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For Immediate Release
Office of the Press Secretary
July 17, 2007
Fact Sheet: Implementation of the National Strategy for Pandemic Influenza
A One-Year Summary Of Efforts To Better Protect Our Nation Against The Threat Of Pandemic Flu
Today, The White House Homeland Security Council Issued A One-Year Report On The Administration's Progress In Implementing The National Strategy For Pandemic Influenza. The United States is better positioned today to detect an outbreak of pandemic flu earlier, to support an international effort to contain the pandemic in its earliest stages, to limit the spread of a pandemic, and to save lives.
We Are Confronting The Threat Of An Influenza Pandemic At Its Source
The United States Has Made Pivotal Contributions To Control The International Spread Of H5N1. Through the International Partnership on Avian and Pandemic Influenza, we are working with affected countries and international partners to detect, contain, and prevent animal outbreaks; reduce human exposure to the virus; and enhance planning and preparedness for future outbreaks.
The United States Is Now Better Prepared To Respond To An Outbreak Of Pandemic Influenza
The United States Has Developed Protocols And Trained Personnel To Support An International Effort To Contain The Pandemic In Its Earliest Stages. We have pre-positioned stockpiles of personal protective equipment, decontamination kits, and antiviral medications overseas to complement global efforts to contain pandemic outbreaks.
The Administration Has Made Significant Investments In Vaccines, Antiviral Medications, And Research That Will Help Safeguard Our Nation And Benefit The World. The Administration is investing in the expansion of vaccine manufacturing capacity, the advanced development of new cell-based vaccines, vaccine-stretching technologies known as adjuvants, and the establishment and maintenance of pre-pandemic vaccine stockpiles.
In February 2007, The U.S. Government Released Federal Guidance For Non-Pharmaceutical Interventions For Mitigating The Impact Of A Pandemic. Recent scientific modeling and historical reviews of the 1918 pandemic suggest that non-pharmaceutical interventions could be very effective at slowing the spread of disease and mitigating an outbreak. With the use of antiviral medications, they could potentially prevent illness and death in millions of Americans, but only if they are implemented early and maintained consistently across communities affected by a pandemic. The Community Mitigation Guidance provides a clear roadmap for communities to accomplish these objectives.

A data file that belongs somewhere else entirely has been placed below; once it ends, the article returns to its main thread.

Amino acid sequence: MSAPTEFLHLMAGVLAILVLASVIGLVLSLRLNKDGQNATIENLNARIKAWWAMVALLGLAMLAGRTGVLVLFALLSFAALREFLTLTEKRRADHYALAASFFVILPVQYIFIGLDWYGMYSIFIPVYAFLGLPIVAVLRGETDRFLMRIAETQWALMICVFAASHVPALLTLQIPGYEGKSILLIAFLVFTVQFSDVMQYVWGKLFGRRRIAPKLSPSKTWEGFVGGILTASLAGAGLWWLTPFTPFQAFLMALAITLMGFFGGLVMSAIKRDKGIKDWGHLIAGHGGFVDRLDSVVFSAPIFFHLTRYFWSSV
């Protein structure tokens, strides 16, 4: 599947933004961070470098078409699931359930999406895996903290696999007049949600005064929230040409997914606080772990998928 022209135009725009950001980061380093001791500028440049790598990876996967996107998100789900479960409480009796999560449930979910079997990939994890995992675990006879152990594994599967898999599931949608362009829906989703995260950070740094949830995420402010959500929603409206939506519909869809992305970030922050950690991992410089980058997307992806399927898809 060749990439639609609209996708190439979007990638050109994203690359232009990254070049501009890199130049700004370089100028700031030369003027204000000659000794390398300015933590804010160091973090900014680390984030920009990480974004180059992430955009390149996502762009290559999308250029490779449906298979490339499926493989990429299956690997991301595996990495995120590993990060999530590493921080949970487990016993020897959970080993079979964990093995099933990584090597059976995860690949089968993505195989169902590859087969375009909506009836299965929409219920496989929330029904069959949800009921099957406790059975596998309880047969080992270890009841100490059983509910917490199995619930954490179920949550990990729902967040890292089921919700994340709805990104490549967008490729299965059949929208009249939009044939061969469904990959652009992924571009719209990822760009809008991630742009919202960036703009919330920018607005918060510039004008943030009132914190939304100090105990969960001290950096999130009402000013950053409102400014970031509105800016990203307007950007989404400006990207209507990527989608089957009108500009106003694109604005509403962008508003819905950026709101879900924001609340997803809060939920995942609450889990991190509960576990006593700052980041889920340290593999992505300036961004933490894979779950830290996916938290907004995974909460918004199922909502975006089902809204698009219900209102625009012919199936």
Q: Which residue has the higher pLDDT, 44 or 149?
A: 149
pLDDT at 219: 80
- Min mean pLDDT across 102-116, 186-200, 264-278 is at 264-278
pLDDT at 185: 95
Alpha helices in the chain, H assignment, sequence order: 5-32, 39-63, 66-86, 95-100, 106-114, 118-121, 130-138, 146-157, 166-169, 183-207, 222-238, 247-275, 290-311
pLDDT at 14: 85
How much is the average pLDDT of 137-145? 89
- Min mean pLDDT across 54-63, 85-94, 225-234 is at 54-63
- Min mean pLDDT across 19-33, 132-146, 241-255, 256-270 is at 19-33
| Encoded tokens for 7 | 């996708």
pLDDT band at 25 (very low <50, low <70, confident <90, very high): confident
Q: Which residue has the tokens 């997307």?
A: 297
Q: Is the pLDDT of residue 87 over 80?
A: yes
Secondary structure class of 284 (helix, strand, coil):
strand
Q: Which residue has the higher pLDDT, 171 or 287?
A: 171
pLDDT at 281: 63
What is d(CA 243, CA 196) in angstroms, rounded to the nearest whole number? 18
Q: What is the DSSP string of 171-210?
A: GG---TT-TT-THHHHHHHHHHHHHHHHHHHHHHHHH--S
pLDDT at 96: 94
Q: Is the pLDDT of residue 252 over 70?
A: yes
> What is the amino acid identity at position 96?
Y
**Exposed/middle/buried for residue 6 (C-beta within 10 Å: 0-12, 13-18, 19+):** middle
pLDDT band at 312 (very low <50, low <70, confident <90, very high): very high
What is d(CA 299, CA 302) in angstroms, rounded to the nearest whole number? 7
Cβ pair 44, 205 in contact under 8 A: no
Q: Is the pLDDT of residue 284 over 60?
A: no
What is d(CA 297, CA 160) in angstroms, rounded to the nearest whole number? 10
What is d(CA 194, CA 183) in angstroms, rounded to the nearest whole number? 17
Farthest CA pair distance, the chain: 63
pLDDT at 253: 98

The U.S. Government Has Invested In Health System Preparedness, Has Produced Tools To Assist In Planning For Expansion In Hospital Capacity During A Pandemic, And Is Stockpiling Critical Medical Supplies.
We Have Provided Businesses With Practical, Action-Oriented Information To Identify Essential Functions, Protect The Health Of Employees, Maintain Continuity Of Business Operations, And Sustain Society.
We Have Made Significant Progress Over The Past Year, But Much Important Work Lies Ahead
Strengthening Disease Detection And Biosurveillance: We must redouble efforts to develop "real-time" clinical surveillance in the United States, so that we are able to target and refine our efforts more effectively during a pandemic.
Expanding Medical Capacity To Care For Large Numbers Of Ill Patients: Despite our investments and the development of guidance for communities, much more work is necessary to ensure that communities are prepared to care for the burden of illness that would be presented during a severe pandemic.
Addressing Global Needs: The U.S. Government is committed to working with the pharmaceutical industry, our international partners, and the World Health Organization to address global vaccine development and vaccine access.
Implementing Community Mitigation And Building Community Resilience: We must continue to work with non-Federal stakeholders to address practical implementation considerations, including legal and feasibility concerns.